A water panel, entitled “Conserving every last drop,” is also planned with moderator Wes McCary, tech projects coordinator at the Kansas Water Office. Panelists are Ryan Brady, farmer and rancher; Pat Janssen, self-employed ag producer; Dwane Roth, Front Porch Farms; and Katie Durham, manager at Western Kansas Groundwater Management District No. 1.

The ever-popular farmer panel is also included in this year’s schedule. The moderator of this discussion will be Vance McCoy, owner of Triple Creek Cover Crops. Panelists include Jami Richardson, co-owner at Farmin’ Arb Enterprises; Justin Dvorak, fifth-generation farmer; Brad Haynes, Haynes Farms; and Matt Splitter, owner at Splitter Farms.

On Day Two, Macauley Kincaid, a regenerative farmer from southwest Missouri will give a general session presentation called “Regenerating your profits.” This topic is arguably one of the most talked about segments of the regenerative movement and Kincaid’s session should be of interest to any farmer who sows seeds into the soil and tries to make a profit each year.

Cristine Morgan, chief scientific officer at the Soil Health Institute, will bring the 2024 event to a conclusion with her address, “Measuring and evaluating soil health.” During this keynote, attendees will hear Morgan’s thoughts, from a scientific perspective, on measuring changes in soil health and she will share current work on how the SHI and its partners are working with ag retailers to engage in soil health consulting.

“The SHI has published economic analyses of over 150 farms that have adopted soil health management systems on production-scale farms,” Morgan explained. “The data and analyses are compelling, soil health management systems improve net farm income by about $50 per acre in corn and soy, over $100 per acre in cotton and by about $10 per acre in small grains production. I am passionate because regenerating soil functioning for agriculture production makes business sense.”

Morgan, Brown and Berns encourage anyone in agriculture to attend Soil Health U, no matter where he or she lands in the regenerative journey.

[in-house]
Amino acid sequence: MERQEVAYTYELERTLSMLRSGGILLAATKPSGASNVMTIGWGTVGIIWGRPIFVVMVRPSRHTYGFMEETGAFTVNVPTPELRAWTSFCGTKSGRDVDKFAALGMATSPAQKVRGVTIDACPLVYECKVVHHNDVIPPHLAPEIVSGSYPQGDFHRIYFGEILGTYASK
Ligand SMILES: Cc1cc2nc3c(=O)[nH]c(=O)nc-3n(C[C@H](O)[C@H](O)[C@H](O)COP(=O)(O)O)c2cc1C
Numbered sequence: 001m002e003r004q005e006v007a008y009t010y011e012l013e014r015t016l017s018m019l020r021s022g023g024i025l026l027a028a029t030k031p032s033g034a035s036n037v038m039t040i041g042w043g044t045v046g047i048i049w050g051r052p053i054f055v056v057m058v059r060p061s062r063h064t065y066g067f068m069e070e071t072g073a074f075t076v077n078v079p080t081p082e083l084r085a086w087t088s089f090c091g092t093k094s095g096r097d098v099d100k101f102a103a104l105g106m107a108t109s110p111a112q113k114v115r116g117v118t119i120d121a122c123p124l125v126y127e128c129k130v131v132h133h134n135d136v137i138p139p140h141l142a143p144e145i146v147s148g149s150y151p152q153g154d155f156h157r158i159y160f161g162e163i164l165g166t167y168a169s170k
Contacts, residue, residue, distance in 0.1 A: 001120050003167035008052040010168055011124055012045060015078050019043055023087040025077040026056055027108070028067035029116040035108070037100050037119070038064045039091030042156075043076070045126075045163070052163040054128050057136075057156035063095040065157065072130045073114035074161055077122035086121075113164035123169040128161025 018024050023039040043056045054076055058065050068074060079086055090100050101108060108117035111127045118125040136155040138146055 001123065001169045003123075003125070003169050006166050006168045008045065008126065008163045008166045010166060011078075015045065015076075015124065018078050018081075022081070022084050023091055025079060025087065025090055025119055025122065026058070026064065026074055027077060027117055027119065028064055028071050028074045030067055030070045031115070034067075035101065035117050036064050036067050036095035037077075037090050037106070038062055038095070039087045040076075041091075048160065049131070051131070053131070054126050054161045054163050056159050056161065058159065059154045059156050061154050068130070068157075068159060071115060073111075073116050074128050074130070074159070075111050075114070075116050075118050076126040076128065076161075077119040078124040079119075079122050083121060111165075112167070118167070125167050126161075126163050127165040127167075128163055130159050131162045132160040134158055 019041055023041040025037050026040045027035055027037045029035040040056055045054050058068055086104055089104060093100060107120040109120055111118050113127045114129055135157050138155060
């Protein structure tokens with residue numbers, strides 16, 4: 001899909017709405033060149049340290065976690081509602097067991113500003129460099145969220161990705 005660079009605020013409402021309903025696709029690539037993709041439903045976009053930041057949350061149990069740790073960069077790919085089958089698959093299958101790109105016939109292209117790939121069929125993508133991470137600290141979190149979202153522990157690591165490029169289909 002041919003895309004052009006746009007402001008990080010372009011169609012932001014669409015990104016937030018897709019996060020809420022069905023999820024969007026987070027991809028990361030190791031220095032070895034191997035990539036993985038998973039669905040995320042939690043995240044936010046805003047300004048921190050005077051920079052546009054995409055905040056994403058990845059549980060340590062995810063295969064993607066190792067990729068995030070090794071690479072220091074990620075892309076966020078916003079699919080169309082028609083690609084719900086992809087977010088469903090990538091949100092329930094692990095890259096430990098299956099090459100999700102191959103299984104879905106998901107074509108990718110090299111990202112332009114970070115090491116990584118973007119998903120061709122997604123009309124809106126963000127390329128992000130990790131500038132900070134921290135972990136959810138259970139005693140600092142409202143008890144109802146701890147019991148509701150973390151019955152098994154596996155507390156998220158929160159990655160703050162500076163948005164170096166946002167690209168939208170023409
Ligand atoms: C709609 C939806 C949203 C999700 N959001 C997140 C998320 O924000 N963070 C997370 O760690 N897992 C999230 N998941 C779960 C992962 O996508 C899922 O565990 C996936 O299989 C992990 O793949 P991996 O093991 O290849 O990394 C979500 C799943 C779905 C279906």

“Any farmer who wants to be more profitable and be a better steward of the resources that God has given them should attend,” Berns said. “Both the knowledge gained and the relationships made will prove to be very valuable down the road.”

Amidst the education and networking, Soil Health U is also an event that takes time to recognize outstanding members of the regenerative agriculture community. Two awards—Regenerative Woman of the Year and Young Producer of the Year—are presented to deserving individuals at the event. These award recipients are nominated by their peers and winners are selected by a committee at HPJ. Award winners will be announced at the event.

The fee to attend is $125 for pre-registration and $135 for on-site registration; students and educators can attend for $50. HPJ subscribers can also take advantage of a $25 registration discount by using the code that can be found on Soil Health U advertising in the publication. There will be at least 12 Certified Crop Adviser Continuing Education Unit’s available at this event. To learn more about the speakers, schedule and to pre-register, visit

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Lacey Vilhauer can be reached at 620-227-1871 or [email protected].